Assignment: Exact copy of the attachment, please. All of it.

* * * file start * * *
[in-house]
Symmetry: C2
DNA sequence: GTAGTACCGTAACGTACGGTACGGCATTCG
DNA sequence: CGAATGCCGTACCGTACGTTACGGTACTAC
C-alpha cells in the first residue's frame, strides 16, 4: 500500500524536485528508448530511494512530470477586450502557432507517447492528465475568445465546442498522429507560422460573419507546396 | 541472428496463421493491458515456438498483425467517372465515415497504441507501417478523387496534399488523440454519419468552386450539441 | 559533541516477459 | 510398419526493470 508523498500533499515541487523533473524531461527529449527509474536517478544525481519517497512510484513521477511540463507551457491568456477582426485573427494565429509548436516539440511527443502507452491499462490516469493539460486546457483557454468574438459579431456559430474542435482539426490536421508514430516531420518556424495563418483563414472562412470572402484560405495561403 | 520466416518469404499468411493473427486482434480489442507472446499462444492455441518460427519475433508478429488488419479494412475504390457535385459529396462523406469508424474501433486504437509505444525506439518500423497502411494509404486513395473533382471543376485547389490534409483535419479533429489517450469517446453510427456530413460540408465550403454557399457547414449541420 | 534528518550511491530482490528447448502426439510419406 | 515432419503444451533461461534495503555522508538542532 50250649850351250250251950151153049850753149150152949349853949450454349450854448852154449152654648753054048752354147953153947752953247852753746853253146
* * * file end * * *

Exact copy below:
[in-house]
Symmetry: C2
DNA sequence: GTAGTACCGTAACGTACGGTACGGCATTCG
DNA sequence: CGAATGCCGTACCGTACGTTACGGTACTAC
C-alpha cells in the first residue's frame, strides 16, 4: 500500500524536485528508448530511494512530470477586450502557432507517447492528465475568445465546442498522429507560422460573419507546396 | 541472428496463421493491458515456438498483425467517372465515415497504441507501417478523387496534399488523440454519419468552386450539441 | 559533541516477459 | 510398419526493470 508523498500533499515541487523533473524531461527529449527509474536517478544525481519517497512510484513521477511540463507551457491568456477582426485573427494565429509548436516539440511527443502507452491499462490516469493539460486546457483557454468574438459579431456559430474542435482539426490536421508514430516531420518556424495563418483563414472562412470572402484560405495561403 | 520466416518469404499468411493473427486482434480489442507472446499462444492455441518460427519475433508478429488488419479494412475504390457535385459529396462523406469508424474501433486504437509505444525506439518500423497502411494509404486513395473533382471543376485547389490534409483535419479533429489517450469517446453510427456530413460540408465550403454557399457547414449541420 | 534528518550511491530482490528447448502426439510419406 | 515432419503444451533461461534495503555522508538542532 50250649850351250250251950151153049850753149150152949349853949450454349450854448852154449152654648753054048752354147953153947752953247852753746853253146